Faraway families: how international students stay connected to home

Adam Elshamy (sophomore) at Occidental College in Los Angeles, CA. March 8, 2023. Renee Ye/The Occidental

Students at Occidental come from 56 different countries outside of the United States, making up about 7 percent of the student body.

Adam Elshamy (sophomore) lived in Alexandria, Egypt before coming to Los Angeles for college. He said that getting used to American culture was challenging at first but he has become more adjusted while being at Occidental.

“Alexandria is a very hectic city, so the chaos here in LA, the traffic and everything, feels like home,” Elshamy said. “And the weather, the sunshine, kind of reminds me of being back home.”

Elshamy only goes home during winter and summer breaks and said he tries to talk to his family early in the morning or late at night since there is a 10 hour time difference.

“Time really flies, so you don’t feel like you’re here for too long,” he said.

According to Elshamy, being on the golf team and having a roommate allowed him to establish meaningful relationships in his first year. However, he said he doesn’t feel like there are a lot of people on campus with the same experience as him in being so far from home.

“In any kind of room I’m in I feel like I’m very unique to everyone else. Which kind of, you can look at it as an advantage or a disadvantage, but I always look at it as an advantage,” Elshamy said. “I’m accustomed to two different cultures, I can speak more than one language, so I kind of feels like, in some sense, it gives me an edge.”

One time zone closer to LA, Mathilde Dépéry’s (junior) family lives in Annecy, France.

“I feel like we’ve been pretty good at communication. Whenever I have time, like a 10 or 15 minute free time slot, I just call them and see if they answer,” Dépéry said. “If they don’t, it’s fine and we can just text.”

Mathilde Dépéry (junior) at Occidental College in Los Angeles, CA. March 6, 2023. Renee Ye/The Occidental

As a junior, Dépéry started her life at Occidental in the midst of the pandemic, which she said she saw as an advantage to gradually adjusting to American culture. She took classes at home for her first semester and was one of a few international students living on campus in the second semester. Dépéry also said she could ask for Zoom recordings if she misunderstood any content from class during her first semester, which mitigated the language barrier coming to Occidental.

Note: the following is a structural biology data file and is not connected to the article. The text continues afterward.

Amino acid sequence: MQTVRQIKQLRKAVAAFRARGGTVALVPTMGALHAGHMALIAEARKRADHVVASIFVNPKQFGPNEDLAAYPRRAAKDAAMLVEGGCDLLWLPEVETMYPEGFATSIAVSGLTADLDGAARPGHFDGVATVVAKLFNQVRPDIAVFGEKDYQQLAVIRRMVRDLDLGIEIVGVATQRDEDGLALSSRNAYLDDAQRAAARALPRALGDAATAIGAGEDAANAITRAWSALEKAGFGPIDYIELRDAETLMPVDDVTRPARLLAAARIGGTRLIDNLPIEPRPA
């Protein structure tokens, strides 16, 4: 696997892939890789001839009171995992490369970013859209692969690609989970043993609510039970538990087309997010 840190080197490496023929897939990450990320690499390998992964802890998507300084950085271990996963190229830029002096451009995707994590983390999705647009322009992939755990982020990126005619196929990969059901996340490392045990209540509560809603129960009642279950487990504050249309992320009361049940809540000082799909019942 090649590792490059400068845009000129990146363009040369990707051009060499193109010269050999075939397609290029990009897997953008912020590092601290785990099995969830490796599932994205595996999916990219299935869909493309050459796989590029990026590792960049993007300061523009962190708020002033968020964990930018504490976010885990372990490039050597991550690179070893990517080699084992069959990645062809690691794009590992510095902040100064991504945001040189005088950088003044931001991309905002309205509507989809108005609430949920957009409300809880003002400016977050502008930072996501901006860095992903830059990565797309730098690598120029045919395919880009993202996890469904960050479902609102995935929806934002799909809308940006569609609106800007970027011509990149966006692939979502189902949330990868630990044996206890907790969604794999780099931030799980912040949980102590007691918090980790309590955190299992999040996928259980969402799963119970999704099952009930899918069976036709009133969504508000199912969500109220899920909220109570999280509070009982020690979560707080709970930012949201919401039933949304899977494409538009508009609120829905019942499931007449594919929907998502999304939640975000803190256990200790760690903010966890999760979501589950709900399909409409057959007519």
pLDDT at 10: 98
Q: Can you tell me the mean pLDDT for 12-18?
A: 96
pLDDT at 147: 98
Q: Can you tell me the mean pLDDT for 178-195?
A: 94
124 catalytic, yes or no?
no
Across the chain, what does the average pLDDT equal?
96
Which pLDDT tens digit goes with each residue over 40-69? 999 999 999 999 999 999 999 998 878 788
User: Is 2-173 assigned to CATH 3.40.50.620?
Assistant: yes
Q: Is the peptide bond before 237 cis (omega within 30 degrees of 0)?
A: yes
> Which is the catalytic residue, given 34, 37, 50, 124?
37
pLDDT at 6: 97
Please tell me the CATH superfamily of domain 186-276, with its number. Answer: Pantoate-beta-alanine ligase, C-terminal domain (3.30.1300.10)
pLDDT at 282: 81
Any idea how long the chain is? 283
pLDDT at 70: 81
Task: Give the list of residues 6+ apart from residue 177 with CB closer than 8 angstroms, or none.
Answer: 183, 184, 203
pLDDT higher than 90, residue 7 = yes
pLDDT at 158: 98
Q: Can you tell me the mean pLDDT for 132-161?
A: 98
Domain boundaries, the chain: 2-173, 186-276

According to Dépéry, her mother gave her decorations from home to put in her room at Occidental, including posters from both her hometown and their summer vacation spot. Dépéry is also on the women’s tennis team at Occidental, and said that gave her a sort of instant community.

“My life here at Oxy and at home is really different and I’ve accepted that fact. I think one thing that helped was that here, everyone calls me Tilly, and back home, everyone calls me Mathilde. I kind of split my personality,” Dépéry said. “Tilly is the French American girl that goes to college and whenever I’m going back home, I’m just Mathilde. It’s like someone different, sort of.”

Dépéry still said she misses going out to eat with her family, particularly for the big culture of cheese in her hometown.

Vadim Fedutinov (first year) at Occidental College in Los Angeles, CA. March 6, 2023. Renee Ye/The Occidental

Vadim Fedutinov (first year) is originally from Russia, however, his mother and siblings moved with him to the United States when he was in fourth grade. His father, grandmother and some extended family still live in Russia. According to Fedutinov, he calls his father as often as he can, but the 11 hour time difference affects it.

“It’s hard getting around it if I have class and you really just get caught up often,” he said.

As the second semester rolls around, Fedutinov said he has adjusted more to being in college.

“A lot of the people here are from all over the world. Just hearing people’s experiences and their own way of coming into it — I feel like everybody has their own little story, especially if you’re coming from a different country or are first generation,” Fedutinov said. “It’s really interesting to see how we’re all here at the same time with such different backgrounds.”

Contact Mollie Barnes at mbarnes@oxy.edu


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